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The TAO Saxophone Quartet on Tour

Gilles Laheurte By

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The TAO Saxophone Quartet
UNIS Theatre / Bowery Wine Company / Zebulon's
New York, NY
April, 2011
After an absence of eight years—last appearing in the USA at the legendary Knitting Factory in 2002—the TAO Saxophone Quartet returned to New York. Formed in 1991 by reedman Noël Pelhate—a devoted fan of composer/saxophonist Steve Lacy—in Besançon , eastern France, the quartet's format has changed since alto/soprano saxophonist Jean-Luc Salgues' sudden passing in June, 2009. Three saxophones—Jean-Philippe Danjou (alto) and Gilles Michaud-Bonnet (baritone) joining Pelhate (tenor)—combined with young percussionist, Etienne Demange to create a rather unusual quartet configuration.
This American tour (April 2010) was the quartet's third. It consisted of several concerts in three very different venues: rather formal at the UNIS Theater (United Nations International School); openly casual at the Bowery Wine Company; and warmly intimate at the popular Zebulon in Brooklyn's Williamsburg.
The sum of it all—changes to the group's composition and the diversity of the three concerts' contexts—unequivocally demonstrated that the TAO Saxophone Quartet remains faithful to its name and TAOist principle of order and unity, specifically the "equilibrium that comes from breath's emptiness" (Lao Tzu).

The broad variety of tunes—from Dollar Brand and John Coltrane via Rabih Abou-Khalil, to original compositions—and the absence of a standard piano/bass rhythm section launched the four intrepid musicians into colorful soundscapes and greatly textured atmospheres, revealing a deep understanding of each other in a sustained blending of their past and present musical paths. From the very first introductory note at UNIS, it was possible to sense the high bar placed by each musician. Like a crescendo, what was launched gently at UNIS gathered strong momentum, as the quartet's final gig at Zebulon brought out the powerful spiritual energy that drives both its music and its members' companionship—deeply felt by the fortunate patrons in attendance. It was a performance of impressive creative vibes, to which the attentive audience could not possibly have remained insensitive.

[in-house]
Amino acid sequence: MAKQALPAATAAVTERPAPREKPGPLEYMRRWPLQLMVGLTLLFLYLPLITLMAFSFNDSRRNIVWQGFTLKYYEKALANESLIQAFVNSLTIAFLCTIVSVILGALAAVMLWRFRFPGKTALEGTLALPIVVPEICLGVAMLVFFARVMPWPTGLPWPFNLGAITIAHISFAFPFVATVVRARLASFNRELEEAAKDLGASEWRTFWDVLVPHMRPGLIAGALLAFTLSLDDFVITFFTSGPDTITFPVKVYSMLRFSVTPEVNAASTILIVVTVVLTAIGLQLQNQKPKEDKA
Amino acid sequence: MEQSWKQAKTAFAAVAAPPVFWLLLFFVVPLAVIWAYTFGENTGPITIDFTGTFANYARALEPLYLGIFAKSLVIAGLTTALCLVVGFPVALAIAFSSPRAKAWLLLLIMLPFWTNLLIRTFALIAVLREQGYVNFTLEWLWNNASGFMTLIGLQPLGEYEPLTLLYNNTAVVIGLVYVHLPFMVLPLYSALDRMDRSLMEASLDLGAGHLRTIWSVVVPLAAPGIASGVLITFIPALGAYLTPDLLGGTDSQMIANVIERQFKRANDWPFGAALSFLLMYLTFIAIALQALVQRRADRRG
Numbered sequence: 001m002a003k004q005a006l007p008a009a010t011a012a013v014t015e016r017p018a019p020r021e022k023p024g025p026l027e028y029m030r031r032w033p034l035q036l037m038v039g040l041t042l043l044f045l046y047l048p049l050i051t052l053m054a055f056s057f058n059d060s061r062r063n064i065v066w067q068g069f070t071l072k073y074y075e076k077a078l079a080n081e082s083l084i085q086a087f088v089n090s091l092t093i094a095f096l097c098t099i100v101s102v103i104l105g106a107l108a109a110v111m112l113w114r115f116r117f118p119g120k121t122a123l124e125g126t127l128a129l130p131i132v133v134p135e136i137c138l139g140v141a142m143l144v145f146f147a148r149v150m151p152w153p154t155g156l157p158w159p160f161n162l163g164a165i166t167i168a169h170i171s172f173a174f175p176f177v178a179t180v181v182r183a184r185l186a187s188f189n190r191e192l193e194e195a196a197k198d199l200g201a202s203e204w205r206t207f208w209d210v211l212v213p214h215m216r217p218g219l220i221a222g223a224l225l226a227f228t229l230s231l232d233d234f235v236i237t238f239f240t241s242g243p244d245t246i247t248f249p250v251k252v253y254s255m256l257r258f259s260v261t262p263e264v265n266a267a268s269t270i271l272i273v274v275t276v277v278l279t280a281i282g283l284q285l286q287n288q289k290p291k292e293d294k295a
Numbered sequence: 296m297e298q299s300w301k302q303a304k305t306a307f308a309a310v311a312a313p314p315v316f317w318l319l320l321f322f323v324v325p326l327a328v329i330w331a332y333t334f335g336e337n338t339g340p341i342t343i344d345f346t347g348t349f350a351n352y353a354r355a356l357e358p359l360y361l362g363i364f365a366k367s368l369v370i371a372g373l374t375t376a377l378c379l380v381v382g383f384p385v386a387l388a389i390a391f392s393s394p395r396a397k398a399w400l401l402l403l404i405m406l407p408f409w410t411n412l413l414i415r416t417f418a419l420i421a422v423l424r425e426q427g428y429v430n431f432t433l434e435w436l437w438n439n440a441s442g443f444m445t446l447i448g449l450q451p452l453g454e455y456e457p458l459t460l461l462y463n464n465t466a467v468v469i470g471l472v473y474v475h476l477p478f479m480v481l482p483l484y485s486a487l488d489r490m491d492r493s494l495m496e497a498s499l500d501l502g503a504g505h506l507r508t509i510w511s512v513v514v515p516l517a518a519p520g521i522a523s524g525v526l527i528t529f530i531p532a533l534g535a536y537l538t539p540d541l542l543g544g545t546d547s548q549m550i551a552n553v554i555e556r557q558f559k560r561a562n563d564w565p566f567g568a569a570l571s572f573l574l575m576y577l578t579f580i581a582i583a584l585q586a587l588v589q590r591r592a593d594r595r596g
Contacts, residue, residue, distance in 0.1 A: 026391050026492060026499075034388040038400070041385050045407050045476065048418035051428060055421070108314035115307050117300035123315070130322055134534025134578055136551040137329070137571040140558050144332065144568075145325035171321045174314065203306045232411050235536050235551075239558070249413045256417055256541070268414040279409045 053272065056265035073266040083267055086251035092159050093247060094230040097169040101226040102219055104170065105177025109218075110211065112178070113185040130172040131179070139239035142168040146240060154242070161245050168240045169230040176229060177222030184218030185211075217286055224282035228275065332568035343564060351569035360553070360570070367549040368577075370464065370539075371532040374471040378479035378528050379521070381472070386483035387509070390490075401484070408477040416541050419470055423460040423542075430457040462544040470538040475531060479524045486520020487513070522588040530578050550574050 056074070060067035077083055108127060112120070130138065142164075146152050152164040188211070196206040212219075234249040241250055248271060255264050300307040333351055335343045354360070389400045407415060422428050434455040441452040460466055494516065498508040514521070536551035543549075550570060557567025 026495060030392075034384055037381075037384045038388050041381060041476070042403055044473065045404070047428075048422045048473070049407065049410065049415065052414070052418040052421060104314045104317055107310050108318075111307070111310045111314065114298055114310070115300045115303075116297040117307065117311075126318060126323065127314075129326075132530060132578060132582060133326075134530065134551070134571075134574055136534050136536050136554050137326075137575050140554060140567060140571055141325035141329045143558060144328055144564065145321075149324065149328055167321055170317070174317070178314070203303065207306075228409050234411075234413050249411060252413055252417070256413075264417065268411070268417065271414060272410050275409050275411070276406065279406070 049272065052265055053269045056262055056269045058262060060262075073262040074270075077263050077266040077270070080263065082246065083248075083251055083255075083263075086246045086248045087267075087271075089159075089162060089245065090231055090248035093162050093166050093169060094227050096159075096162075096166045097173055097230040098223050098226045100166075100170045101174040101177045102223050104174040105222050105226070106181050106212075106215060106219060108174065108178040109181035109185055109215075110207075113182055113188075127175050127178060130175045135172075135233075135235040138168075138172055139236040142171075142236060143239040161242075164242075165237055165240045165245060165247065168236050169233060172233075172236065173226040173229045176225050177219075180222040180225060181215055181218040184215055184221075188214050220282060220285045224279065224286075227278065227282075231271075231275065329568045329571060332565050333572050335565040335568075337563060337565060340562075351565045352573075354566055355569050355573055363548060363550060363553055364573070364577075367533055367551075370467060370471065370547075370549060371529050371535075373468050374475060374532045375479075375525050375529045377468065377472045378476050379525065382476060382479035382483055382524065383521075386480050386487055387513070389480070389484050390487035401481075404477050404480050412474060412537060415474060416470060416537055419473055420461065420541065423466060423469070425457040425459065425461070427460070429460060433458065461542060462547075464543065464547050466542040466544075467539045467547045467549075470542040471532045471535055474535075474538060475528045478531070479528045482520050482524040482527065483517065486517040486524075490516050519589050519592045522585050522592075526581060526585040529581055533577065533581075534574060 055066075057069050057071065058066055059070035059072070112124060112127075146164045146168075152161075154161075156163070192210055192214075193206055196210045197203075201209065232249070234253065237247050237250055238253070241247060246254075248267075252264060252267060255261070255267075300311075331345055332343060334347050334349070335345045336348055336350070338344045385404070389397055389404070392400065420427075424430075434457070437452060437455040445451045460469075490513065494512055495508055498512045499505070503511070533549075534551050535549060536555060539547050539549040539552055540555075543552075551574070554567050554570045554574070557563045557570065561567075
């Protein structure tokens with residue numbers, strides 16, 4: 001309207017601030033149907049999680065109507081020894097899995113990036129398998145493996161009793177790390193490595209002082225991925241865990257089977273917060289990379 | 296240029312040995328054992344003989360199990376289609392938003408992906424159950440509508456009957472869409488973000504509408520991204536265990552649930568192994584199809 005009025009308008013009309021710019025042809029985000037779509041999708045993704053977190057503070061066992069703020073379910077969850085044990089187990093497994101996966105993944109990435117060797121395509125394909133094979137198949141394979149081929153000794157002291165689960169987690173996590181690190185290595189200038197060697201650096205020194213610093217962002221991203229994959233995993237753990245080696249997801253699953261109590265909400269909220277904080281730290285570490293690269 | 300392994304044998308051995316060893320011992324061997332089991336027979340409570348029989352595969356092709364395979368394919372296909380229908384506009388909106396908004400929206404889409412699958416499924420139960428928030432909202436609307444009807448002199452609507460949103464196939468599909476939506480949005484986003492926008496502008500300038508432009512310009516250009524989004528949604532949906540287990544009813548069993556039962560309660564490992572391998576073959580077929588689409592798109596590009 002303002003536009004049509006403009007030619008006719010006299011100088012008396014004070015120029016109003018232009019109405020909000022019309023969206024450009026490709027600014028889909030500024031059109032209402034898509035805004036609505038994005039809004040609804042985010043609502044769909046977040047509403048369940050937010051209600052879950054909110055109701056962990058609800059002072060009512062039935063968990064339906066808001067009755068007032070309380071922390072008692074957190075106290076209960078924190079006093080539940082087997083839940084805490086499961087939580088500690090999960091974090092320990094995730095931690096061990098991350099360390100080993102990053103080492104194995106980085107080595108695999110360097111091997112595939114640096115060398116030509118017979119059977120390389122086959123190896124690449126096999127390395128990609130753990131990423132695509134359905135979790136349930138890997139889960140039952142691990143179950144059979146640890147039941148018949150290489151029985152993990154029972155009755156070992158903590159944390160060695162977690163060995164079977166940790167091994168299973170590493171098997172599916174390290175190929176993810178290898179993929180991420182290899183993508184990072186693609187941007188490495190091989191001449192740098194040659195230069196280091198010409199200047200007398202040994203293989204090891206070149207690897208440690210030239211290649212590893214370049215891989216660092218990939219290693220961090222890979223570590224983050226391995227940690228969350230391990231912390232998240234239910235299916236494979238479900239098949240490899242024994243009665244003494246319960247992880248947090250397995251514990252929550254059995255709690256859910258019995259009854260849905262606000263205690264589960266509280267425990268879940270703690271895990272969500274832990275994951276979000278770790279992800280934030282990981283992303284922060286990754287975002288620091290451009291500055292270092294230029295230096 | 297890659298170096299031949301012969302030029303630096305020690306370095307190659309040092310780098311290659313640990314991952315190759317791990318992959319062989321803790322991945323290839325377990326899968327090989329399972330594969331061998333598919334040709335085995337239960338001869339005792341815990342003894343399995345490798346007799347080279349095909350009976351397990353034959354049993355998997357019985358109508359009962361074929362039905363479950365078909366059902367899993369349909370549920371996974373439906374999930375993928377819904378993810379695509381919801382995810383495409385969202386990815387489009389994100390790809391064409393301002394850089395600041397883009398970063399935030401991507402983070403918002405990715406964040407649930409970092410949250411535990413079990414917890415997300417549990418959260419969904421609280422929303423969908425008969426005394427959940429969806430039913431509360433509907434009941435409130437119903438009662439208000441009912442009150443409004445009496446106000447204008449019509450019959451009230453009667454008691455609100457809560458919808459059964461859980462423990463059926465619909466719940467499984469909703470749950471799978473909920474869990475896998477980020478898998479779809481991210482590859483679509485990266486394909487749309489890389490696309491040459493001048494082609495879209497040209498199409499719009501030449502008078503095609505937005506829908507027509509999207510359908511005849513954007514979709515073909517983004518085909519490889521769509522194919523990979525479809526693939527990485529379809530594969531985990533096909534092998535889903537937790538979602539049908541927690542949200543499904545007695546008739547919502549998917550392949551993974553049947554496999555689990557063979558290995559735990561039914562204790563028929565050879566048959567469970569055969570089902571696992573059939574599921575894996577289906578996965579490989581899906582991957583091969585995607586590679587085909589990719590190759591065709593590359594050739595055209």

Over the course of its three concerts, the TAO Saxophone Quartet delivered a very original sound, structured with great precision while remaining highly intuitive, full of subtle nuances and luminous timbres—totally in tune with all the principles of the TAO philosophy. As a piano-less saxophone group, comparisons to the ROVA quartet were a temptation, but TAO's approach and sound were definitely its own. Intensely attentive to the fundamentals of the human soul's invisible exchanges, the four accomplices—each with his own very personal style—highlighted the essence of the four elements: water (in the fluidity of the alto), fire (in the tenor's incandescence), earth (in the baritone's telluric anchorage) and air (in the percussions' atmospheric moves and lightness). This smartly balanced combination resulted in highly harmonious and poetic performances.

From this perspective, is it still possible to speak of complicity? Instead, wouldn't it be more like a deep inner connection, a de facto communion of four souls that simply are? Yes, the TAO Saxophone Quartet chose its name wisely.

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